Response to Hypertension Guidelines: Political Correctness Trumping Expertise?
We appreciate Dr Messerli’s1 attention to the American Heart Association/American College of Cardiology/Centers for Disease Control and Prevention’s joint Science Advisory pertaining to an effective approach to high blood pressure control.2 This scientific advisory focuses on the use of science-based algorithms to increase blood pressure control in patients with hypertension in the healthcare setting and is meant to disseminate the demonstrated success of some programs in implementing current hypertension guidelines.
The American Heart Association, American College of Cardiology, and Centers for Disease Control and Prevention felt it was urgent to issue this joint advisory because hypertension, an important risk factor for heart disease and stroke, affects so many Americans—≈78 million. Importantly, despite the existence of well-accepted guidelines and performance measures as well as inexpensive medications, too many individuals, even those with good access to medical care, have not achieved adequate blood pressure control. Thus, the writing group members were invited, selected not for purposes of political correctness, as Dr Messerli asserts, but rather to include individuals with credentials and experience, not only in primary care and cardiology but also in population health and clinical quality improvement in medical care delivery systems. These persons truly qualify as experts in ≥1 of these areas, and they represent a diversity of medical specialty, professional setting, sex, and, although not apparent by name alone, racial/ethnic diversity. And as noted by Dr Messerli, the writing group had few conflicts of interest. The terms guideline and expert panel were intentionally avoided. Guidelines provide the science base for what needs to be done. This advisory was meant to provide guidance on how to get it done. The tools to control blood pressure have long been available, but hypertension control requires patient and physician involvement within a supportive system, and we are advocating a team approach that reduces barriers for patients and leverages the power of electronic health records to improve cardiovascular health.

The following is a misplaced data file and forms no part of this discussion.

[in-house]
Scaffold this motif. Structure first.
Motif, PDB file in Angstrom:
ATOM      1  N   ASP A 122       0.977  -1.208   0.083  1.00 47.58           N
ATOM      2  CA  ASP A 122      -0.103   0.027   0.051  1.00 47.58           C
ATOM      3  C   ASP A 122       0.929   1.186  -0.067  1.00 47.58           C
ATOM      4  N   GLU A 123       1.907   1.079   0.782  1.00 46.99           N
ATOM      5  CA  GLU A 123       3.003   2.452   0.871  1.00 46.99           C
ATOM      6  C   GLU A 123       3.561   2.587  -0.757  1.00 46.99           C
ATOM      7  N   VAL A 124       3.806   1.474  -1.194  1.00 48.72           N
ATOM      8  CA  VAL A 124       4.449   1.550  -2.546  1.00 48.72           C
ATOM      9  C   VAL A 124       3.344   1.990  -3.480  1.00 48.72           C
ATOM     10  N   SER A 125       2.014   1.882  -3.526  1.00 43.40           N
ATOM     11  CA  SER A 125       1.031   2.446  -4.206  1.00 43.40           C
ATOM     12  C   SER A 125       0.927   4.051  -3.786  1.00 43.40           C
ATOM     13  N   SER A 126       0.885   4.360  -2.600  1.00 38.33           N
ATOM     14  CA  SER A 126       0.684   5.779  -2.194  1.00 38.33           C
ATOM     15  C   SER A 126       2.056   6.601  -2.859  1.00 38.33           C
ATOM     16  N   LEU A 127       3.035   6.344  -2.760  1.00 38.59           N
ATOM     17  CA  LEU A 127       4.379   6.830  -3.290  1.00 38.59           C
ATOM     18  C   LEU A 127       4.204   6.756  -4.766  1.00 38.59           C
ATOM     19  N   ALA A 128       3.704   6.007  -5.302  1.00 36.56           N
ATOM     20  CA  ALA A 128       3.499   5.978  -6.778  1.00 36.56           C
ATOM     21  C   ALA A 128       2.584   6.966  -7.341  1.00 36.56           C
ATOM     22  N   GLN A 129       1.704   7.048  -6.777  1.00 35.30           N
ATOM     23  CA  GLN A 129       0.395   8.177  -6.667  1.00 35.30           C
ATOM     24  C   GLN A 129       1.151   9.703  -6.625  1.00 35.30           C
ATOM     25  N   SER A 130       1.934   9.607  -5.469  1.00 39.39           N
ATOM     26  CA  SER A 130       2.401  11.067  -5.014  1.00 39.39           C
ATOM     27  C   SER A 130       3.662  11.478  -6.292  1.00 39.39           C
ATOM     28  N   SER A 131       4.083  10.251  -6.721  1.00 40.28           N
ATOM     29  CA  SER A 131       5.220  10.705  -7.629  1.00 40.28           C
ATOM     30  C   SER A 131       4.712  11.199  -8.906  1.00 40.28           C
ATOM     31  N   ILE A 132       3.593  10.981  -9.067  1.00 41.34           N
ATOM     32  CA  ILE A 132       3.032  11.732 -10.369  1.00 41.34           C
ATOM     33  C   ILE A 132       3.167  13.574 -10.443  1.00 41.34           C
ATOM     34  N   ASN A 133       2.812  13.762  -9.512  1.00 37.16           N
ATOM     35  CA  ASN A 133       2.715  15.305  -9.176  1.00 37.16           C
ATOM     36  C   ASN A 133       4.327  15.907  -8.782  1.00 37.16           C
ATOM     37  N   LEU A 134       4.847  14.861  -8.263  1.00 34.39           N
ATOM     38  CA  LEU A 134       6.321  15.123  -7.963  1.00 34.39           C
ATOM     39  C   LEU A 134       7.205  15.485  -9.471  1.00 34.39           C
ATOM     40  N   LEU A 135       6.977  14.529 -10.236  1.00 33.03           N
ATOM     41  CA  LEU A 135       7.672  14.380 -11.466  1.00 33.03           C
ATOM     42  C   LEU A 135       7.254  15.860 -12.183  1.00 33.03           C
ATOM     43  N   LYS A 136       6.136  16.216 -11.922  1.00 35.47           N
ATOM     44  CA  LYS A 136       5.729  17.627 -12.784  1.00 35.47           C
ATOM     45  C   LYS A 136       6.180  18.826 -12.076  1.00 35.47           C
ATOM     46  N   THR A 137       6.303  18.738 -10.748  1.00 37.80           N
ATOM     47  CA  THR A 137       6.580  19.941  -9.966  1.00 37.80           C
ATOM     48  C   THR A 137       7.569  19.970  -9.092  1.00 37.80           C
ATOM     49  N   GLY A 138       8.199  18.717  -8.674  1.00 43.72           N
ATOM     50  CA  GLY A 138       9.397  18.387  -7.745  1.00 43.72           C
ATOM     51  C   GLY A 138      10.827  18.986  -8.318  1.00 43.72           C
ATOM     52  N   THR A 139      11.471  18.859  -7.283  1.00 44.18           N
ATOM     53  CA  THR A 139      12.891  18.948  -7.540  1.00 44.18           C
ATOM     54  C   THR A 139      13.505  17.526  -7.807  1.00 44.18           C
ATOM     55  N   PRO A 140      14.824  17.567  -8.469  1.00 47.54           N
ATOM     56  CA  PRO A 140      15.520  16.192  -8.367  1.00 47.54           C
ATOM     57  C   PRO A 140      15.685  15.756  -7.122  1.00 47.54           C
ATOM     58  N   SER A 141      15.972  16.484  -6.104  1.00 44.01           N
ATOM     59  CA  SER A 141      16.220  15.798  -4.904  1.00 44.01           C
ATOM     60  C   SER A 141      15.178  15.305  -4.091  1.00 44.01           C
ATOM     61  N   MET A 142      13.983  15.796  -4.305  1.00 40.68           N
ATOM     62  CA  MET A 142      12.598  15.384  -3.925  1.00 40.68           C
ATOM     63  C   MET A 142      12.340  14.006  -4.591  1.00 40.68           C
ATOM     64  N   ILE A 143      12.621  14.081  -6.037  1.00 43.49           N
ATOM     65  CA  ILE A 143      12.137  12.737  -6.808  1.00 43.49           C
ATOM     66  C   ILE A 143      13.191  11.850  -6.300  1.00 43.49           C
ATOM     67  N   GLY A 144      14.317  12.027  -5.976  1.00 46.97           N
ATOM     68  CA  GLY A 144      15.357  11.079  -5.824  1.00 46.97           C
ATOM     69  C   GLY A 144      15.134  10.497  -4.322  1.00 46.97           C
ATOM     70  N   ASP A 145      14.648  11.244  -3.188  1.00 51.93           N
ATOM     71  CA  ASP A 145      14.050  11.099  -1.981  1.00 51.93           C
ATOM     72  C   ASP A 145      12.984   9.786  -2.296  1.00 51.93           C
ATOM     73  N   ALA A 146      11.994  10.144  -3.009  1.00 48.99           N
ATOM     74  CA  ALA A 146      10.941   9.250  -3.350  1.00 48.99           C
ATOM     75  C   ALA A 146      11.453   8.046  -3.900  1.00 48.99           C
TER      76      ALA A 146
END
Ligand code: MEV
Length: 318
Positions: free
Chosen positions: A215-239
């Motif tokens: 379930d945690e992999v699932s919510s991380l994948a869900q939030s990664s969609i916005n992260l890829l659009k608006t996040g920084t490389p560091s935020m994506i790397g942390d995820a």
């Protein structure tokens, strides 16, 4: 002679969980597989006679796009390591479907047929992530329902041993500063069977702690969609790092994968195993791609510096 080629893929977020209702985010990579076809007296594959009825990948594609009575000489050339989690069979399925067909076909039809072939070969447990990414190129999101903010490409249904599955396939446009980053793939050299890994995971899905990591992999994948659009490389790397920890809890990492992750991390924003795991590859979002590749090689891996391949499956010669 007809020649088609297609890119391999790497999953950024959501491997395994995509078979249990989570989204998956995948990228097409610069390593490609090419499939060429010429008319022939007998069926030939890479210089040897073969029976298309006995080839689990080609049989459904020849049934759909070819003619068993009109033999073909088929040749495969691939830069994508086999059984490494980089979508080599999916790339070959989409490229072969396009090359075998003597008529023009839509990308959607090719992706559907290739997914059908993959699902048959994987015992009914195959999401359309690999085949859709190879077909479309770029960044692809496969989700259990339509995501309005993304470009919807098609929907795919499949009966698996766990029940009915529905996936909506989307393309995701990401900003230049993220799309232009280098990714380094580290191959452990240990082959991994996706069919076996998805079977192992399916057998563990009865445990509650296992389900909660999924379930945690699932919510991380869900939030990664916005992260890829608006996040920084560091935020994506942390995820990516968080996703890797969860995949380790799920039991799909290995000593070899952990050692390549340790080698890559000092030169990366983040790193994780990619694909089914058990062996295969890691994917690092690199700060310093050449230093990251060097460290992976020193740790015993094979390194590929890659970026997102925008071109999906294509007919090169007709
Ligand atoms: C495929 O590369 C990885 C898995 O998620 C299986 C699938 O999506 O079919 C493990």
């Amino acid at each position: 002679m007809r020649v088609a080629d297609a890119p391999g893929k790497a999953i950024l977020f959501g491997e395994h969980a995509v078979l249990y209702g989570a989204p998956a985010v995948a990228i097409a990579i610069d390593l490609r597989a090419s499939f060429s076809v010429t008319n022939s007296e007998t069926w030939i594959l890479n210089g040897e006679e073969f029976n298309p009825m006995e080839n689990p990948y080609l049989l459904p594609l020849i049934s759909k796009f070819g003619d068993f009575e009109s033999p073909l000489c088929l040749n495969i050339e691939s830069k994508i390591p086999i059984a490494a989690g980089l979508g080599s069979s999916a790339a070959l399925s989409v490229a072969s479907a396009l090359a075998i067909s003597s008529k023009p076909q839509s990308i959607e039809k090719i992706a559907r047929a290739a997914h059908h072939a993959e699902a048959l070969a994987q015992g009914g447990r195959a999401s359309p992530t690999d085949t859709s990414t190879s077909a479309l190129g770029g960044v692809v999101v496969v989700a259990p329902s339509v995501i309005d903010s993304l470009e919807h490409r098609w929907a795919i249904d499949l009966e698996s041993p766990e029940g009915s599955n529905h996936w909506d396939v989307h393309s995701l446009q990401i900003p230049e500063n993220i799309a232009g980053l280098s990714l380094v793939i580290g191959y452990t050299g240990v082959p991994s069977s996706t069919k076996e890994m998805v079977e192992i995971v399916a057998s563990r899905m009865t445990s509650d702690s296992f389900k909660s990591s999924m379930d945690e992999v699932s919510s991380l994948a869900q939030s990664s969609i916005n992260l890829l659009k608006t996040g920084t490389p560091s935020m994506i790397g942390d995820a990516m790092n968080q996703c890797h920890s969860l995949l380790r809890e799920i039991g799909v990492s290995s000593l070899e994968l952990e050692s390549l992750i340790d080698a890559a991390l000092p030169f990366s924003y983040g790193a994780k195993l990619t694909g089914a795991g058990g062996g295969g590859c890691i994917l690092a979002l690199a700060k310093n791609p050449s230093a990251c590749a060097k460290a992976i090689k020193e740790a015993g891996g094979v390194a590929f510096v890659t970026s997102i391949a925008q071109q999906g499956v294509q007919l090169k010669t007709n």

At the request of the National Heart, Lung, and Blood Institute, the American Heart Association and the American College of Cardiology are in the planning stages of creating a collaborative, comprehensive, evidence-based guideline on the treatment of hypertension. This guideline will be the fifth in the series set of cardiovascular disease prevention guidelines supported by systematic evidence reviews from the National Heart, Lung, and Blood Institute. Major hypertension and primary care physician specialty societies have been invited to participate as full partners with the American Heart Association and American College of Cardiology in the creation of this future comprehensive hypertension guideline.
President, American Heart Association
Penn Heart and Vascular Center
University of Pennsylvania
Perelman School of Medicine
John Gordon Harold
President, American College of Cardiology
Cedars-Sinai Heart Institute
David Geffen School of Medicine at UCLA
Los Angeles, CA
Letters to the Editor will be published, if suitable, as space permits. They should not exceed 500 words (typed double-spaced) plus 5 references in length and may be subject to editing or abridgment.
- © 2014 American Heart Association, Inc.
- Messerli F
- Go AS,
- Bauman M,
- King SMC,
- Fonarow GC,
- Lawrence W,
- Williams KA,
- Sanchez E